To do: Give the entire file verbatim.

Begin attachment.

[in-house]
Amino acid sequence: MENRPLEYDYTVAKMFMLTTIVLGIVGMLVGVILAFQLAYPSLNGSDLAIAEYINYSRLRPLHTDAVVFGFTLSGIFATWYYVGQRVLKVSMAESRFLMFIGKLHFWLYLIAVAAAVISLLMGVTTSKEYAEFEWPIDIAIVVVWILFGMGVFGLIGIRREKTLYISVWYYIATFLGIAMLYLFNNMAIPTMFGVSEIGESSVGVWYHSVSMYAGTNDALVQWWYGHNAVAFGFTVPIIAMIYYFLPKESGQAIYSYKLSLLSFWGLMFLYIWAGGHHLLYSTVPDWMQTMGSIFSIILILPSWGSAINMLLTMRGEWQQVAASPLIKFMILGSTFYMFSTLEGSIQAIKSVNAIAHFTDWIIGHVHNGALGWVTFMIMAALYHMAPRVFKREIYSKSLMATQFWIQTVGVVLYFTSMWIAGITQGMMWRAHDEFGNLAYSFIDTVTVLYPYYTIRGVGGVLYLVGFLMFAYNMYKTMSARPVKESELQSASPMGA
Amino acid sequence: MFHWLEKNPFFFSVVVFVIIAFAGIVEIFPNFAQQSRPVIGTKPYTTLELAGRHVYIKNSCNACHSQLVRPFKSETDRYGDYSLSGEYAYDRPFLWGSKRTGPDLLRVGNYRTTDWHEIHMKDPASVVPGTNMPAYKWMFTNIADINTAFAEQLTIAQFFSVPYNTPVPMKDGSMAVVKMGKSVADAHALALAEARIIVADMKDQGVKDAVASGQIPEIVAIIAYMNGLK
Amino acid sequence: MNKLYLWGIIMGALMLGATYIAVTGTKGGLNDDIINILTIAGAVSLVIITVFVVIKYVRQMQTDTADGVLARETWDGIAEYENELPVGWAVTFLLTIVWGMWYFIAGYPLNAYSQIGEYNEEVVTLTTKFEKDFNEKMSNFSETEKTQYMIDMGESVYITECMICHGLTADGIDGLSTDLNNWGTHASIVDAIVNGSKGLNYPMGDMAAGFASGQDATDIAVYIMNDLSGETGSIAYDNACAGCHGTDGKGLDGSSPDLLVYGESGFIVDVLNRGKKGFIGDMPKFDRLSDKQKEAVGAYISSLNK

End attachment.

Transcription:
[in-house]
Amino acid sequence: MENRPLEYDYTVAKMFMLTTIVLGIVGMLVGVILAFQLAYPSLNGSDLAIAEYINYSRLRPLHTDAVVFGFTLSGIFATWYYVGQRVLKVSMAESRFLMFIGKLHFWLYLIAVAAAVISLLMGVTTSKEYAEFEWPIDIAIVVVWILFGMGVFGLIGIRREKTLYISVWYYIATFLGIAMLYLFNNMAIPTMFGVSEIGESSVGVWYHSVSMYAGTNDALVQWWYGHNAVAFGFTVPIIAMIYYFLPKESGQAIYSYKLSLLSFWGLMFLYIWAGGHHLLYSTVPDWMQTMGSIFSIILILPSWGSAINMLLTMRGEWQQVAASPLIKFMILGSTFYMFSTLEGSIQAIKSVNAIAHFTDWIIGHVHNGALGWVTFMIMAALYHMAPRVFKREIYSKSLMATQFWIQTVGVVLYFTSMWIAGITQGMMWRAHDEFGNLAYSFIDTVTVLYPYYTIRGVGGVLYLVGFLMFAYNMYKTMSARPVKESELQSASPMGA
Amino acid sequence: MFHWLEKNPFFFSVVVFVIIAFAGIVEIFPNFAQQSRPVIGTKPYTTLELAGRHVYIKNSCNACHSQLVRPFKSETDRYGDYSLSGEYAYDRPFLWGSKRTGPDLLRVGNYRTTDWHEIHMKDPASVVPGTNMPAYKWMFTNIADINTAFAEQLTIAQFFSVPYNTPVPMKDGSMAVVKMGKSVADAHALALAEARIIVADMKDQGVKDAVASGQIPEIVAIIAYMNGLK
Amino acid sequence: MNKLYLWGIIMGALMLGATYIAVTGTKGGLNDDIINILTIAGAVSLVIITVFVVIKYVRQMQTDTADGVLARETWDGIAEYENELPVGWAVTFLLTIVWGMWYFIAGYPLNAYSQIGEYNEEVVTLTTKFEKDFNEKMSNFSETEKTQYMIDMGESVYITECMICHGLTADGIDGLSTDLNNWGTHASIVDAIVNGSKGLNYPMGDMAAGFASGQDATDIAVYIMNDLSGETGSIAYDNACAGCHGTDGKGLDGSSPDLLVYGESGFIVDVLNRGKKGFIGDMPKFDRLSDKQKEAVGAYISSLNK